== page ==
The roofer suddenly rings the bell for a brand direction.
The roofer who sleeps well when it rains.
There would have been a whole lot more work to do on this brand.
But at its core, it's a really smart way to begin branding this roofer. It's a tough category. Horror stories abound. Homeowners never know who to trust.
The guy you want to hire is the guy who's happy and proud that his phone isn't going to be ringing on the days when LA turns into a mud river and everyone is swimming to and from their cars.
THIS IS ONLY THE TIP OF THE ICEBERG
This story greatly oversimplifies what we do in branding a business.
But it is a nice little, illustrative gem about how it begins.
You listen to people talk.
You ask them questions.
You let them wax poetic about their lives.
And eventually, suddenly, you find yourself with a bright and shiny jewel that becomes your lodestar.
(Petru, back home, lodestar would be Steaua polară.)
WE HAVE NO SYSTEM AS MUCH AS WE HAVE AN ORDERED APPROACH
You can have one, too.
Because a few years ago, we wrote a book about our approach to brand. The book explains the thinking and orders the approach we take, and illustrates everything with real-life examples, many of which you know.
Written by Blaine Parker (that's me) and The Fabulous Honey Parker, the book comes to the world via publishing giant Morgan James.
It's called, Billion-Dollar Branding. Subtitle, Brand Your Small Business Like a Big Business and Make Great Things Happen.
Each chapter provides action items so the brand-curious reader can take steps to uncovering a brand.
If you'd like to know more about it, click here to visit the book's page on Amazon.
And bear in mind that there's work involved. This not some silver bullet. A brand does not miraculously pop into your head. It's real. It's understandable. It will make sense. As far as we know, this is the closest thing there is to a process for branding a business.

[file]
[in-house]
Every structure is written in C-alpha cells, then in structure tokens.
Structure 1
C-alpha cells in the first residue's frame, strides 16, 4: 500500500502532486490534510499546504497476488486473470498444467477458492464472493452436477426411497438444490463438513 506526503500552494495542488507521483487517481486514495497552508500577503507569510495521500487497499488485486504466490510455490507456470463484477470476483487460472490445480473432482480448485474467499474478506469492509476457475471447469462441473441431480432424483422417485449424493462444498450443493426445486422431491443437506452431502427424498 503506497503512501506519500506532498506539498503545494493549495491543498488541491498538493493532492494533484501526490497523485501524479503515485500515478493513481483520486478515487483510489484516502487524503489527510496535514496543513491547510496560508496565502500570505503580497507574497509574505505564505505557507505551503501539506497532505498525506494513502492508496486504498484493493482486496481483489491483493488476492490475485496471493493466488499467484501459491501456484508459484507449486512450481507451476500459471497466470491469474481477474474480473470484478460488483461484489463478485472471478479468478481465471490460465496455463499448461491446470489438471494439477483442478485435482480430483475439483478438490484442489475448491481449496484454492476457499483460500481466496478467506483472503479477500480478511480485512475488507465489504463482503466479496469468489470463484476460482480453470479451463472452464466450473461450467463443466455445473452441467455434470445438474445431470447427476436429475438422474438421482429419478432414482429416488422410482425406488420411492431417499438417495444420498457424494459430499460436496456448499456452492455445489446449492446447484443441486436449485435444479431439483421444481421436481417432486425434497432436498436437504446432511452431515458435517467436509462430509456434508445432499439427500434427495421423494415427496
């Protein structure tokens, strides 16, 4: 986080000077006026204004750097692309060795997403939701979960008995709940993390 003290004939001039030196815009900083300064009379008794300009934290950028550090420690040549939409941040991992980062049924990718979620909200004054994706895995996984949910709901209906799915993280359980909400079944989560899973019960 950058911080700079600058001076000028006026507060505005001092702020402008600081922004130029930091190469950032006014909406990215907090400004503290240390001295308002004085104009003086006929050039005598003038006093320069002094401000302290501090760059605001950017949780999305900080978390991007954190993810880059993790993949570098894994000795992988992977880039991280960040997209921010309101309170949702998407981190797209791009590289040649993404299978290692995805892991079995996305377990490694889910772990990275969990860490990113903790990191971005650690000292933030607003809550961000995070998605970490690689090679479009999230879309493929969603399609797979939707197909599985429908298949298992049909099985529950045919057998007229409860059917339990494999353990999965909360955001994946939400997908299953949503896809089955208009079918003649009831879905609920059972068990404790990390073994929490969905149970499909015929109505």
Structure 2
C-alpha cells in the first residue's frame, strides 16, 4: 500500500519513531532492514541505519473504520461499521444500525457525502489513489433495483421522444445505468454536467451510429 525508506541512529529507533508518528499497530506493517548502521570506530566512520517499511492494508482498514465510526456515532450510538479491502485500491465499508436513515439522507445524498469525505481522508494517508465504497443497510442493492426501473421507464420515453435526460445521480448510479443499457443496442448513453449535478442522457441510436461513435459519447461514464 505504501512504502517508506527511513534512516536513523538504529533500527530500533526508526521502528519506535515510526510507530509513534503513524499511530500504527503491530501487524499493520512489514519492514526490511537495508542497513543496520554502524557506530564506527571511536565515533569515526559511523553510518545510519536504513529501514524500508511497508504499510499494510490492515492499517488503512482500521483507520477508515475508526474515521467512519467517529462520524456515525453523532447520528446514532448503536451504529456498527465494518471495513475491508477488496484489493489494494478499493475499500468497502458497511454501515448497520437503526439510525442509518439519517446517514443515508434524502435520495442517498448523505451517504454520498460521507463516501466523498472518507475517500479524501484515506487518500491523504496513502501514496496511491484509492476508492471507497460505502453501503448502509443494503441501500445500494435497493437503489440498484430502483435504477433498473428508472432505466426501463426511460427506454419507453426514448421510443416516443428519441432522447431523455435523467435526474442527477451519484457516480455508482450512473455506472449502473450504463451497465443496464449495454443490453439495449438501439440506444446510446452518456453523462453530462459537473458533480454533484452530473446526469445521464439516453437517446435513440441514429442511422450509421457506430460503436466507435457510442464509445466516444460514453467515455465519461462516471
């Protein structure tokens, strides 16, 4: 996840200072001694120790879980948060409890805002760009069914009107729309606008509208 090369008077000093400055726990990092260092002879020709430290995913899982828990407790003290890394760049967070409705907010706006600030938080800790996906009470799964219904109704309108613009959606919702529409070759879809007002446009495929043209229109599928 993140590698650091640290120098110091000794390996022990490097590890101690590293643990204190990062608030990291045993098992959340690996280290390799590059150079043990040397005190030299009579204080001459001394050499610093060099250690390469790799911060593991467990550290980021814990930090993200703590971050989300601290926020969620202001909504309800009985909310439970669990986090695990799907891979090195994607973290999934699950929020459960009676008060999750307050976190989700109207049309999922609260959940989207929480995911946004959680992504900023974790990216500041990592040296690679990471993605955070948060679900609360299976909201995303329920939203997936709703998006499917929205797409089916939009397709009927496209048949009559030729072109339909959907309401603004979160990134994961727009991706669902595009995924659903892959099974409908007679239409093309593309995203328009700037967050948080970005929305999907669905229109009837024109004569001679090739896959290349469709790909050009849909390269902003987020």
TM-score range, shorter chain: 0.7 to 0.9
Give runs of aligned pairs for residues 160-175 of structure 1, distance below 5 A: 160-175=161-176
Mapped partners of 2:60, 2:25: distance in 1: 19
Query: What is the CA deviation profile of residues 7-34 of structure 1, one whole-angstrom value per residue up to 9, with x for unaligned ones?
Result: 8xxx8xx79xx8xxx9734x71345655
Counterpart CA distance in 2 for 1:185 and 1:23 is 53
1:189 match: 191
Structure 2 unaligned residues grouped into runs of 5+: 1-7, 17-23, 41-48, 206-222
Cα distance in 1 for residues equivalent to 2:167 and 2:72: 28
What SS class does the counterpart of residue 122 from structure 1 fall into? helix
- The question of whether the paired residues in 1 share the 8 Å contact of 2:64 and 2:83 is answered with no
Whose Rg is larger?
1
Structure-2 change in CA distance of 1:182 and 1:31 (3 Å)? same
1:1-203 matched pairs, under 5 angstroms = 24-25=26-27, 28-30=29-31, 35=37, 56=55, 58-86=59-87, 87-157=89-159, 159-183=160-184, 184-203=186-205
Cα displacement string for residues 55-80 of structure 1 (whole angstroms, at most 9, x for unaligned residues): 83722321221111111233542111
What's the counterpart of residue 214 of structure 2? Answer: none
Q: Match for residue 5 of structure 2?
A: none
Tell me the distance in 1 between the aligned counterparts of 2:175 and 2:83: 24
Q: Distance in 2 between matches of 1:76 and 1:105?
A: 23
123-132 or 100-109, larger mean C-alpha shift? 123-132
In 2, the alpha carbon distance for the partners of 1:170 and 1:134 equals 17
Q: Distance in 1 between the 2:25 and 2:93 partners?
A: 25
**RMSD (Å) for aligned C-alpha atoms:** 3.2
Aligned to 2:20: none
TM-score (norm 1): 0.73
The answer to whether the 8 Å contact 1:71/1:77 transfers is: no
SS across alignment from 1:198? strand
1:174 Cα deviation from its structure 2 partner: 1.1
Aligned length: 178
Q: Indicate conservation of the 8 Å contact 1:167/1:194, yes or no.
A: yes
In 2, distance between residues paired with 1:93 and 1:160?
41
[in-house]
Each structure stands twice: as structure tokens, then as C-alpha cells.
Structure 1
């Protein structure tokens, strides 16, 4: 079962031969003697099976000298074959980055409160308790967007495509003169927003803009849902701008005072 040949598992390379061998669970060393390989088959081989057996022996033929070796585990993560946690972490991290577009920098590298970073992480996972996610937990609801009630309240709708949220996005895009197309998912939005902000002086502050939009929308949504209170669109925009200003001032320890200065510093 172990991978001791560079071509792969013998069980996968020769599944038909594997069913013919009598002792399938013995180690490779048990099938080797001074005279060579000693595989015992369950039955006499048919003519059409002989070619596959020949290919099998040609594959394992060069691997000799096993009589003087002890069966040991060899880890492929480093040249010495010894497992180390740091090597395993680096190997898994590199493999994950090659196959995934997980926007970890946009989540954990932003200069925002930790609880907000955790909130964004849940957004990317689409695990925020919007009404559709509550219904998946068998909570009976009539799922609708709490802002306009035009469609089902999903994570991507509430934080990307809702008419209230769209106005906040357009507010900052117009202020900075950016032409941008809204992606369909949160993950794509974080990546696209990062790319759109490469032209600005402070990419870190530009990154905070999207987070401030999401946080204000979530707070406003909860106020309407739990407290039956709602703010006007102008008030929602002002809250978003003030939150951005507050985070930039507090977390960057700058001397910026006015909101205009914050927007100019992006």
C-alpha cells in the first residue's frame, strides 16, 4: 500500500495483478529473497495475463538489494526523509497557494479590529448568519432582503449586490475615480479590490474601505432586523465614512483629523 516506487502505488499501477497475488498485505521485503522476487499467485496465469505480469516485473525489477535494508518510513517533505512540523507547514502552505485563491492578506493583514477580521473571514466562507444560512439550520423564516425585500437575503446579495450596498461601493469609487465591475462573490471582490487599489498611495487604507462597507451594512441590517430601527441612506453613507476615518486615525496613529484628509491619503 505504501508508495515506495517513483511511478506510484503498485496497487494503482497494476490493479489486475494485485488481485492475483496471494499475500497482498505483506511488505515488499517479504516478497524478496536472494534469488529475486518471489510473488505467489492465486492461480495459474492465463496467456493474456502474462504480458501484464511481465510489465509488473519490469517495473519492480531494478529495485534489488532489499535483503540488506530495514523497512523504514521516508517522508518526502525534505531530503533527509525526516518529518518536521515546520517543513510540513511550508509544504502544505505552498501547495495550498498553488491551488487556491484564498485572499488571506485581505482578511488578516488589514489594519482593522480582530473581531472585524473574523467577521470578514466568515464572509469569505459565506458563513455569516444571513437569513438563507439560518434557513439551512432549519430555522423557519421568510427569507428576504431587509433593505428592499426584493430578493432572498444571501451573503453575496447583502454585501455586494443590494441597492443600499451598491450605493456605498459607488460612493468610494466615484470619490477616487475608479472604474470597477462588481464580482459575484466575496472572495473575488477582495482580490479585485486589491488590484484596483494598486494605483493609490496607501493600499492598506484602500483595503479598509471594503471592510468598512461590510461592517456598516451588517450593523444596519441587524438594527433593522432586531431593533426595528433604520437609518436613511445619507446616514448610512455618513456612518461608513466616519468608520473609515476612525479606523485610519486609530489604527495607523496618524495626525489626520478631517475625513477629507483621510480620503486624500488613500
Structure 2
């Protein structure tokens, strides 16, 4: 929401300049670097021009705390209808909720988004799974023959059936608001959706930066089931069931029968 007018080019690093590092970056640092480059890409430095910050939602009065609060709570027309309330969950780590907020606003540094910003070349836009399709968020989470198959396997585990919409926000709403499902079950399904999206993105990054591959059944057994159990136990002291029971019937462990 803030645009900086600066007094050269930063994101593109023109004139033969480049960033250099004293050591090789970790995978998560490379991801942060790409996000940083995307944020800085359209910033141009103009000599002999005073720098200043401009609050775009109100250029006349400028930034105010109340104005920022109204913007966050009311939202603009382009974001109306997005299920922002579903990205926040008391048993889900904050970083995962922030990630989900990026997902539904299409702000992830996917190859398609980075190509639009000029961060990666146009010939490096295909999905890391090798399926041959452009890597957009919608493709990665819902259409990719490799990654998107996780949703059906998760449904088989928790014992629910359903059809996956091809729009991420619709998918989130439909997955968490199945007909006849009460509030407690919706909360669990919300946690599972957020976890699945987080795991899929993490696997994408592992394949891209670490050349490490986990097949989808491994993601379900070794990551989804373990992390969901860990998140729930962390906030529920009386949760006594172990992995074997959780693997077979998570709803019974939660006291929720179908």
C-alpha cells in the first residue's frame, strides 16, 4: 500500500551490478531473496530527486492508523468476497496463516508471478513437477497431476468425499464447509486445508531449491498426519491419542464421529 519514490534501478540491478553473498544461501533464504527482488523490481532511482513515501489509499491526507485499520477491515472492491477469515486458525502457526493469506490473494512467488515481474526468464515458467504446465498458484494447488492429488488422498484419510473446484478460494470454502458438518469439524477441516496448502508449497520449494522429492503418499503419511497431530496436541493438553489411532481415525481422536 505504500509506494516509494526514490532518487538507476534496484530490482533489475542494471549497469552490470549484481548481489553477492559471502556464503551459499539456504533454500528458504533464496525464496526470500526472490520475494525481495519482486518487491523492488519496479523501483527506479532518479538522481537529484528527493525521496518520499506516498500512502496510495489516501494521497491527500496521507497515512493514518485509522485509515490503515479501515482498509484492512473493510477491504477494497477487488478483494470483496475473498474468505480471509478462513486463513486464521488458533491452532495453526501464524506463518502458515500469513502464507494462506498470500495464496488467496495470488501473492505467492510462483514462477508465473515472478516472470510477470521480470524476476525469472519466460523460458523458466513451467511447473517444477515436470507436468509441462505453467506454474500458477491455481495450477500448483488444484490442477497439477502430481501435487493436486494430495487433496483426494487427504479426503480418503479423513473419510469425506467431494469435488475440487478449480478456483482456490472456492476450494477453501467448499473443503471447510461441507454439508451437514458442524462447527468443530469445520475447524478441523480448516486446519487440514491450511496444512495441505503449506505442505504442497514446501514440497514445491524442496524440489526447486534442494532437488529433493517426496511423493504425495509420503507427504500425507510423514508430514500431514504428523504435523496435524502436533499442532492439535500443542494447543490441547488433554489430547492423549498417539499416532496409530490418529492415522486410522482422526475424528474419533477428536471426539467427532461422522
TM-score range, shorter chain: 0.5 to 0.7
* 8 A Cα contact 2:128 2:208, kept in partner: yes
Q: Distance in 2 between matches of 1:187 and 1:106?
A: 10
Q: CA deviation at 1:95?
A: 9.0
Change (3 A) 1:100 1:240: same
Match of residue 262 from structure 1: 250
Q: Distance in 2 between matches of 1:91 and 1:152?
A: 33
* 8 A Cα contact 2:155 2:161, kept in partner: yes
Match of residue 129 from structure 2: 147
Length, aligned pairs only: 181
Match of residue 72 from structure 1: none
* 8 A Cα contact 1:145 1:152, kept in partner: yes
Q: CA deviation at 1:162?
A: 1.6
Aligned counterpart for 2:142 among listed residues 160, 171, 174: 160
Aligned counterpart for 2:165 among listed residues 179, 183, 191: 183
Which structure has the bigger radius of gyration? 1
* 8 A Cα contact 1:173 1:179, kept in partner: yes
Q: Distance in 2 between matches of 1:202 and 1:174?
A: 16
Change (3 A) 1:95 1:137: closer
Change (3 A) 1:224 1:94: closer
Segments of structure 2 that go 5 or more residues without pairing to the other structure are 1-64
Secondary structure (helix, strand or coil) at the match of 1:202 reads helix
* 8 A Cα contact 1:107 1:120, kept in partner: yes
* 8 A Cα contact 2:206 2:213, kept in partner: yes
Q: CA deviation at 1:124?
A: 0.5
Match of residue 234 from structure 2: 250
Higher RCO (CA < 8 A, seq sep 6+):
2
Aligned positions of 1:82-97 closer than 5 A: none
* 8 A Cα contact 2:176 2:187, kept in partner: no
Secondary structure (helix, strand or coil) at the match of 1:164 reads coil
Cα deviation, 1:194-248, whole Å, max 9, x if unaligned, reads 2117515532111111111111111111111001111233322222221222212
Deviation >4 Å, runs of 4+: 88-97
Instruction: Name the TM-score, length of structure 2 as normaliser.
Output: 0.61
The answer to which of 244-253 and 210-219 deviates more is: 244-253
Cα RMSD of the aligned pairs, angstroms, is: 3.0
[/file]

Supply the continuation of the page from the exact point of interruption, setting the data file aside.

And know, too, that selling you a single copy of that book is going to make us wealthy beyond our wildest dreams. So you can feel good about that, too. Click that link today, and tomorrow we are on our way to retirement in Bermuda.
Go forth. Brand big.
Your Lean, Mean Creative Director in
YES, THE WEEKLY SCREED HAS A READER FROM ROMANIA
It would be more remarkable if he were actually in Romania.
But he lives in Atlanta.
His name is Petru.
We could call him Peter, the anglicized version of his name, but staying faithful to his mother tongue is more fun.
And more on-brand.
Petru, in asking the Big Burning Question, indirectly points out that even if you are a faithful reader to the screed, you may not have been immersed in the ways of Slow-Burn branding think.
His question is also a reminder of a perennial problem...
WHEN IT COMES TO BRANDING, MANY "EXPERTS" HAVE NO IDEA WHAT THEY'RE TALKING ABOUT
So, we're going to circle back to a brand basic.
If you're a long-timer who's been here for the 12 years we've been doing this, it's a refresher.
If you're a newbie who's never been indoctrinated, this'll be new stuff.
Really important stuff.
You're going to learn something so insanely simple yet so deeply complex that almost nobody really gets it.
People working at big advertising agencies, working on some of the biggest brands in the world, don't even get it.
IT'S CERTAINLY GOING TO BE NEW STUFF FOR DOMNULE PETRU
("Domnule" is Romanian for "Mister." You've just witnessed almost the extent of my Romanian.)
Anyway, Petru says: